By working with the Donor Dudes at the Chris Klug Foundation, Morgan hopes to continue to raise awareness and increase understanding of organ donations. However, he has already had an impact when it comes to donation.
Brad Dickerson has known the Wilkinson family for many years. Several years ago the families became neighbors, living next to each other up on Peak 7 in Breckenridge. The kids play together and the families will take joint camping trips.
When Morgan got sick, the Dickersons threw their support behind the Wilkinson family. They visited Morgan while he was in the hospital and rejoiced when the news came that he had gotten a kidney.
The whole experience got Brad Dickerson thinking. He visits the Denver Children's Hospital from time to time with his daughter Terra, who has cerebral palsy. Dickerson took the opportunity to learn more about kidney donation.
What he learned surprised and amazed him.
"It was really fascinating to find out about it," he said. "I never really knew about this stuff."
Armed with information, Dickerson took about six months to think the decision over. He discussed it with his family and took time to educate himself about the process.
"There's a lot of factors, so I was pretty moved by that, and it was really difficult decision because I wasn't quite sure," he said, "but they want people to donate by about 50 years of age. After that it's a little problematic for them and more issues arise, so I just turned 50 so that was kind of my time if I wanted to do it."
As a potential donor, Dickerson was also under scrutiny from the hospital.
"They do a lot of testing," he explained. "Then what I was really surprised about, too, was they assign you a case worker, a psychologist, an independent advocator who's not even associated with the hospital at all. This whole team of people, they really kind of grill you - why do you want to do this, are you sure, are you financially able to, are you helpful enough? That whole process took like a year. ... I thought this would be like come in a week from Thursday and you can donate your kidney," he added with a laugh.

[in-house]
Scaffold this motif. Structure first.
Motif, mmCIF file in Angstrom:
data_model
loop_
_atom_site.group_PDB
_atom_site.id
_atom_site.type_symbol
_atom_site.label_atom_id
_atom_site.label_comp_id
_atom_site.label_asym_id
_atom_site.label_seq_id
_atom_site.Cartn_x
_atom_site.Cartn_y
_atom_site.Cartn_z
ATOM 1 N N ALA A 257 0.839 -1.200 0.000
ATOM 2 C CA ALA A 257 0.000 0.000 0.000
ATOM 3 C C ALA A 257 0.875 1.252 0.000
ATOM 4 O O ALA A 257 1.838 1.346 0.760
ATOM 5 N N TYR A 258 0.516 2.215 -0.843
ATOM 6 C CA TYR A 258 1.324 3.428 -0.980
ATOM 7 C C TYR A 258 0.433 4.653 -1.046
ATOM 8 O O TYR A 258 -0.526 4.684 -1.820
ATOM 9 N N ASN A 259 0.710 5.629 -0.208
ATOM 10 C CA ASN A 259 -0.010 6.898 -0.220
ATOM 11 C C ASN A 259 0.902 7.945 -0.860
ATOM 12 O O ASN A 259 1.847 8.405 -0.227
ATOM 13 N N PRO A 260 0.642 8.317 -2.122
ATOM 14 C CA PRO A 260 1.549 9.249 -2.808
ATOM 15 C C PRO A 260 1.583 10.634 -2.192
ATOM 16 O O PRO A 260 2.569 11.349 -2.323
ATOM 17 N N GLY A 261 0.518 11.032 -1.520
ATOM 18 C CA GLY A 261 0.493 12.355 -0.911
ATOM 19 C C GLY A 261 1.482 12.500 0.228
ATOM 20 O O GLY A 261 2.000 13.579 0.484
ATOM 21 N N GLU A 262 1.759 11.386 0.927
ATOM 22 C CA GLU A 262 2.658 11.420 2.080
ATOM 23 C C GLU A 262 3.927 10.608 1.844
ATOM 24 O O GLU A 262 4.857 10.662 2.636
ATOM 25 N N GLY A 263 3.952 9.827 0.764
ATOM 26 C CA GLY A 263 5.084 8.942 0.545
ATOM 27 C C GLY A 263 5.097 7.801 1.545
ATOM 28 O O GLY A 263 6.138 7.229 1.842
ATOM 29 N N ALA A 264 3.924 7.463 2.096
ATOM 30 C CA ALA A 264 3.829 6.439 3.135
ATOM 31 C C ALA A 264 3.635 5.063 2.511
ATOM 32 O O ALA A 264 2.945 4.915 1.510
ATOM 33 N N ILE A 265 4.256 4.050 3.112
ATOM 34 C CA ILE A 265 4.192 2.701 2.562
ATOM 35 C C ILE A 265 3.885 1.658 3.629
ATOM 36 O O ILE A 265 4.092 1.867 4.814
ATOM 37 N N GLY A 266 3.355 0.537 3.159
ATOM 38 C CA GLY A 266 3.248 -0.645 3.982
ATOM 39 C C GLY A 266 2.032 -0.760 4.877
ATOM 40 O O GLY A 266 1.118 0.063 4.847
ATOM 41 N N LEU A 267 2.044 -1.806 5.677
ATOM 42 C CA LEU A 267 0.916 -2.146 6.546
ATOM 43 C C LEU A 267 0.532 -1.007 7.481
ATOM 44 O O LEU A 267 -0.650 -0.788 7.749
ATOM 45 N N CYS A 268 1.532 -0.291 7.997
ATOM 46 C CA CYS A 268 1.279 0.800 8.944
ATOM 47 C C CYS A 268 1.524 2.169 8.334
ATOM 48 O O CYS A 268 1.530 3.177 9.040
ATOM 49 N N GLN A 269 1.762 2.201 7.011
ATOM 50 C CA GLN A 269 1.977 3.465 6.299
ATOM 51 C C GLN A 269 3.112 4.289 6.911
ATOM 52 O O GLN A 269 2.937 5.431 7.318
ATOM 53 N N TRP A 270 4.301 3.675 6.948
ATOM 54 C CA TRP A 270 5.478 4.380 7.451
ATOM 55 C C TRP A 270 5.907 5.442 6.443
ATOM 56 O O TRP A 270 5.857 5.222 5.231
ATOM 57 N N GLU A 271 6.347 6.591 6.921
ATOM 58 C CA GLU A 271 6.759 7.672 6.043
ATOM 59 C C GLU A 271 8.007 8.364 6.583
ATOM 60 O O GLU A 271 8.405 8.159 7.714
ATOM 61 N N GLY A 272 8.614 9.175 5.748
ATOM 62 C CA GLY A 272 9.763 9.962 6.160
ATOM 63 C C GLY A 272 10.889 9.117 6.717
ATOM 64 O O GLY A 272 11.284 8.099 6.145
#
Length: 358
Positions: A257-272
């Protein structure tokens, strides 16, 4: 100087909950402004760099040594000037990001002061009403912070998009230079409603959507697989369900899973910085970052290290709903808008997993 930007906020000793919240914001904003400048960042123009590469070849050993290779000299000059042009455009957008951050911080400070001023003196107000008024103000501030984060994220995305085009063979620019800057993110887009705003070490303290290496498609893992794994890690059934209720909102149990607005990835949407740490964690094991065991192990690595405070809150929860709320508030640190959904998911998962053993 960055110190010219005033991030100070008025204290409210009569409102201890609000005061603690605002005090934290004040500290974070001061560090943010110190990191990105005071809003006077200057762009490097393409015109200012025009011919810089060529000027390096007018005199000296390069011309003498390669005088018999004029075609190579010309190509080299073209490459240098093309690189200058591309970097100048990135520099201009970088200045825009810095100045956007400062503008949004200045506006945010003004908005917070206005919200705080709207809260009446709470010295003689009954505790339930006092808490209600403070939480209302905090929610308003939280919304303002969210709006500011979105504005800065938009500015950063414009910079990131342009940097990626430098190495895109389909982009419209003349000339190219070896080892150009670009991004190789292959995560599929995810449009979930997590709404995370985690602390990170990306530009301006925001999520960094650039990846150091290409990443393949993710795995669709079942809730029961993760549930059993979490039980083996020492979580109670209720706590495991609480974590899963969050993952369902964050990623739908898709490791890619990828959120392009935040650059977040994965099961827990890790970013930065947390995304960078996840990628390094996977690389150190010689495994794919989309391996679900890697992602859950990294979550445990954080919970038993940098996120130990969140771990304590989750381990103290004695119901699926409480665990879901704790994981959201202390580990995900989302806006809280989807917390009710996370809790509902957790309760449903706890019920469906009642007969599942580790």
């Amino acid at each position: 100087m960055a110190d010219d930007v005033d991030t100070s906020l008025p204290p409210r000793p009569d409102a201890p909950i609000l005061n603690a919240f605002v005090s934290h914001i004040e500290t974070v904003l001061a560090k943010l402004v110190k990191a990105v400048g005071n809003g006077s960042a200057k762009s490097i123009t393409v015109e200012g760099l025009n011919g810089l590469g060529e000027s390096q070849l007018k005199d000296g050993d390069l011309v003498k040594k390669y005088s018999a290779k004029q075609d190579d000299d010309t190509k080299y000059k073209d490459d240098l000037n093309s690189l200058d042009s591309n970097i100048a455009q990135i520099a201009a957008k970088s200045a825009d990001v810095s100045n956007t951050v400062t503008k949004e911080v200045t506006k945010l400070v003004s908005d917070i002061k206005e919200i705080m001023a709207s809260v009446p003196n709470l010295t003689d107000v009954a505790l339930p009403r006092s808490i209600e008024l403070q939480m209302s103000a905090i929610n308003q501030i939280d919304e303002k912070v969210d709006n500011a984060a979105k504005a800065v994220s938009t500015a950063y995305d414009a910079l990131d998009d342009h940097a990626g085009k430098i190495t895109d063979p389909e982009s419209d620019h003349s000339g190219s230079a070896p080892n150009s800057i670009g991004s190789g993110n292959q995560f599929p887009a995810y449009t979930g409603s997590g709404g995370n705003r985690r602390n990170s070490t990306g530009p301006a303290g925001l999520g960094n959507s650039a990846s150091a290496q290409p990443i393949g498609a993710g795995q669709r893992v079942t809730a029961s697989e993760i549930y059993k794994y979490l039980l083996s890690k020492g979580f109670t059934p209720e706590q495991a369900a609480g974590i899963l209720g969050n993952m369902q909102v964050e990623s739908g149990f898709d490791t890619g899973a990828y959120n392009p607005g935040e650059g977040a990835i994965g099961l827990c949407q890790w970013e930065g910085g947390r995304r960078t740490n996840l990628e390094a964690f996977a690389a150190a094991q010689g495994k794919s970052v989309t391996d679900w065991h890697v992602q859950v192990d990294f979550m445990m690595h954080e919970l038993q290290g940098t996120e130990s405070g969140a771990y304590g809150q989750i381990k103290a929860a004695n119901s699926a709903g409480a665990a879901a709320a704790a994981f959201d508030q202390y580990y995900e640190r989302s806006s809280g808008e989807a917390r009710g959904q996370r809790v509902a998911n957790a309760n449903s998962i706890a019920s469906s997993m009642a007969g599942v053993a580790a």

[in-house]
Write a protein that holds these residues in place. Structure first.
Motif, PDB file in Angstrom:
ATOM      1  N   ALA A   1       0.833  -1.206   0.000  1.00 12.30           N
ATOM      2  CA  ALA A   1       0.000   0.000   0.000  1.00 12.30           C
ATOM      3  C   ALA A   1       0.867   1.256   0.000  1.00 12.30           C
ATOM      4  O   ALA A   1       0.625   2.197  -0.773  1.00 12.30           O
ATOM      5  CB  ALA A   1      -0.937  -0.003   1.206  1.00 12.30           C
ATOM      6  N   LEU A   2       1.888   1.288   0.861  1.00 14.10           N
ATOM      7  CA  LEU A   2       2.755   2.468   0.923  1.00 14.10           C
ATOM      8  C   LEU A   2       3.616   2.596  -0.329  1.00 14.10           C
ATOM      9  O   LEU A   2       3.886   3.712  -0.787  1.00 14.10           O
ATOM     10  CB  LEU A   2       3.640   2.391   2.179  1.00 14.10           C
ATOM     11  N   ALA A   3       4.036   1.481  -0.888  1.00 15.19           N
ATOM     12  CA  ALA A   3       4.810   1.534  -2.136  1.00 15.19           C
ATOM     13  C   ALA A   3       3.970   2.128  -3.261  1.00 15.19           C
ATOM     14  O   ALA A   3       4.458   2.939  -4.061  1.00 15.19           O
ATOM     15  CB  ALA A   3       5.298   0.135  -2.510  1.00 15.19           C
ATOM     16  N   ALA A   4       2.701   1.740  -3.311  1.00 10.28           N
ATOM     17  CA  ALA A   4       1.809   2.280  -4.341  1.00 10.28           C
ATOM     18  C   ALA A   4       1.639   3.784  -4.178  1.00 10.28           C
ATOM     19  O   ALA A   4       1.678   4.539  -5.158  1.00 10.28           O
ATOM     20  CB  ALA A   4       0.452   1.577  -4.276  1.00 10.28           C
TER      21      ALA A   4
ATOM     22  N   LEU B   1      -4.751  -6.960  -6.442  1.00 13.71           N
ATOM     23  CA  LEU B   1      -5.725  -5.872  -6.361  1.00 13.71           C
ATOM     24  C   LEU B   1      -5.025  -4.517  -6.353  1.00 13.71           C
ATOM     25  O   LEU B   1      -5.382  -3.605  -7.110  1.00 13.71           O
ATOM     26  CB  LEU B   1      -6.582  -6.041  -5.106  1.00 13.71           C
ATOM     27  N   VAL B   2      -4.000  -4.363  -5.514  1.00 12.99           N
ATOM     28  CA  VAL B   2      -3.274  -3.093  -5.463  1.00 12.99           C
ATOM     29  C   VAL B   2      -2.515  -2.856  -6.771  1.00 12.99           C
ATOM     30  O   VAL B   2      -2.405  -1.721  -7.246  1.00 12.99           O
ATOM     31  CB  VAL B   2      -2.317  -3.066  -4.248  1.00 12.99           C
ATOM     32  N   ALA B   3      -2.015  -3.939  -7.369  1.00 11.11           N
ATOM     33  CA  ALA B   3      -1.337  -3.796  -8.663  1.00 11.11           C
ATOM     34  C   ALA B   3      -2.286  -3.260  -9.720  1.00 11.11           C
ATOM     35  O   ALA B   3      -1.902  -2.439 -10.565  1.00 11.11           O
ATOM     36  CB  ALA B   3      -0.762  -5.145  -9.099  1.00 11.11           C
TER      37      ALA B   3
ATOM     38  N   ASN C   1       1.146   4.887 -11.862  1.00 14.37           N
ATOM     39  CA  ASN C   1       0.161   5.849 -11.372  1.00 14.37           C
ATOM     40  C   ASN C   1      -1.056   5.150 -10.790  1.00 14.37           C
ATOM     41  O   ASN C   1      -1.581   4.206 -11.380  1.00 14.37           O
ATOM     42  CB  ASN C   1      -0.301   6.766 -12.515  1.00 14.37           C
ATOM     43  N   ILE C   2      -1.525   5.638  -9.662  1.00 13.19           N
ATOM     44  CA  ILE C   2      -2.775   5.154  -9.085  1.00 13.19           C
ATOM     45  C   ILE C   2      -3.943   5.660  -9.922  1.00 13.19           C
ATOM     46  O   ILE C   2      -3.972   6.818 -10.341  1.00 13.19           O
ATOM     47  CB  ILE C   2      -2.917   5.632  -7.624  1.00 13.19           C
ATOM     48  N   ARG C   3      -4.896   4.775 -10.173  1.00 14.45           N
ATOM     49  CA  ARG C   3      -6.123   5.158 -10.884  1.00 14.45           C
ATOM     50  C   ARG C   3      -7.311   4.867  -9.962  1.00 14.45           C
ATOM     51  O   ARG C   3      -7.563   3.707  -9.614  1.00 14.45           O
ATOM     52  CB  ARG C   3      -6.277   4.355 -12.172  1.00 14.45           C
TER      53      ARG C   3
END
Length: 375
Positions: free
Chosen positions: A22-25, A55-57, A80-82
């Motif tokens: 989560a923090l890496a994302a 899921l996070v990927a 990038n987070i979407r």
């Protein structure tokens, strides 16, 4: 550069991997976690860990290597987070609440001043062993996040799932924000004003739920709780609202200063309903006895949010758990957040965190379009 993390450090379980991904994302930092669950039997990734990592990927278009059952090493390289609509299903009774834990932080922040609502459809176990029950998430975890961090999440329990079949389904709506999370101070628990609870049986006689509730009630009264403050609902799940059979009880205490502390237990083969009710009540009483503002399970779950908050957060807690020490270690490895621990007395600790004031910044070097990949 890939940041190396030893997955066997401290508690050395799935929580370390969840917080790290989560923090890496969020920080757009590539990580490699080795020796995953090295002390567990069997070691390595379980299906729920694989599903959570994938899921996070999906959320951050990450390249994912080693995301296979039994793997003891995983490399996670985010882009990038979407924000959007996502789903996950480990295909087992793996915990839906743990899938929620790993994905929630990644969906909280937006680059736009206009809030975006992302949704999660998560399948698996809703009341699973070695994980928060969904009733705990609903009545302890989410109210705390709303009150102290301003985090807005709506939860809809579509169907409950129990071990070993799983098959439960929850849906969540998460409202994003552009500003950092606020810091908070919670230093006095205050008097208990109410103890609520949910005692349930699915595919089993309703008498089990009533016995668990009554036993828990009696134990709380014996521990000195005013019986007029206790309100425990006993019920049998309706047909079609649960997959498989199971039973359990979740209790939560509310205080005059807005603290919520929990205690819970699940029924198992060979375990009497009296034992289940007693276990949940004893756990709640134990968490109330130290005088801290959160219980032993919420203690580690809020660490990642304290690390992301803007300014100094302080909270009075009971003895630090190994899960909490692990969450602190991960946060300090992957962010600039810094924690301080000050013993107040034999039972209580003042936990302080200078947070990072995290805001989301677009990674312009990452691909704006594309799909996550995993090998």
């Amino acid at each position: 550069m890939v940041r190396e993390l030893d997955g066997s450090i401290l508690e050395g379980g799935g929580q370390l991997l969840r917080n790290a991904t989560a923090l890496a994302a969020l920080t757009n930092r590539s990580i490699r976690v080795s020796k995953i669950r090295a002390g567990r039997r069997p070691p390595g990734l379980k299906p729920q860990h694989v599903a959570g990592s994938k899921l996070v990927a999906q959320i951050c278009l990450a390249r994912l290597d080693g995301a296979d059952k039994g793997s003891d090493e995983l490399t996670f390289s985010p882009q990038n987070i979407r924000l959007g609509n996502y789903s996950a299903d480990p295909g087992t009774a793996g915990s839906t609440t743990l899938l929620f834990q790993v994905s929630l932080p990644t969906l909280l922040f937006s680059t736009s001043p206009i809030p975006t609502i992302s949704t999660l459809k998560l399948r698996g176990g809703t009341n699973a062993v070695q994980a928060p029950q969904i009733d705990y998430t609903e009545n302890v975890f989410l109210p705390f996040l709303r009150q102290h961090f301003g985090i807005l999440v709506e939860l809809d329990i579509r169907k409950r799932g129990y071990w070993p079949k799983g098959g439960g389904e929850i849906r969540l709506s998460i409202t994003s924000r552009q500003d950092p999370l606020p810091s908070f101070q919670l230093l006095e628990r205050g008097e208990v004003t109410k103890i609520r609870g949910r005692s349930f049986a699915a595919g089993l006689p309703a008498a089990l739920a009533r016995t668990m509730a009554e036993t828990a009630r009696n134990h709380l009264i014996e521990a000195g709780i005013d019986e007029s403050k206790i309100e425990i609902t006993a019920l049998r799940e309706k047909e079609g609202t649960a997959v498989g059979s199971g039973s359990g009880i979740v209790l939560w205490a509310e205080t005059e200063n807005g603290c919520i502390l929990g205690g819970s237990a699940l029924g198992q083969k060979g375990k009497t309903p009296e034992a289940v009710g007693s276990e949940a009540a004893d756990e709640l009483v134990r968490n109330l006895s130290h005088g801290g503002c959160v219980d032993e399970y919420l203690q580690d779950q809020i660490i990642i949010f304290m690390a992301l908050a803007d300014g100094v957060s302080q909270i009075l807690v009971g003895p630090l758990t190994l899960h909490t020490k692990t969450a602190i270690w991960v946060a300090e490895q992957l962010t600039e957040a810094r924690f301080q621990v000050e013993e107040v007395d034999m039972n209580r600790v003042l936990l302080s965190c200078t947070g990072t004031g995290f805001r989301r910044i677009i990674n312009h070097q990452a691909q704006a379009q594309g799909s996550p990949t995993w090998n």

Finally, all the hoops had been jumped through. In December of 2012, Dickerson went to Denver and had one of his kidneys removed. It was flown to Michigan, where a match had been found.
Although it was a somewhat nerve-wracking experience, Dickerson said he's glad that he did it and has no regrets.
"It was a great learning experience, just incredibly educational," he said. A friendly, outgoing person by nature, Dickerson speaks enthusiastically about what he learned and what the experience was like. He laughs through descriptions of his nervousness and beams when he discusses the results.
"Living here in Summit County, we're so lucky, we're so fortunate, and every day you wake up, and ... it's just the most beautiful place, and to live here, you're so fortunate. And then you see people like Morgan, who came close to death, and you see people who are on dialysis and it's a difficult life, and those people are going to die unless they get a kidney.
"And then being at the Children's Hopsital (in Denver) a lot, it only takes five minutes in that hospital and you see cancer patients and kids who are going to die, and you just realize how fortunate you are, so to be able to donate a kidney and to save someone's life seemed like a pretty easy thing to do."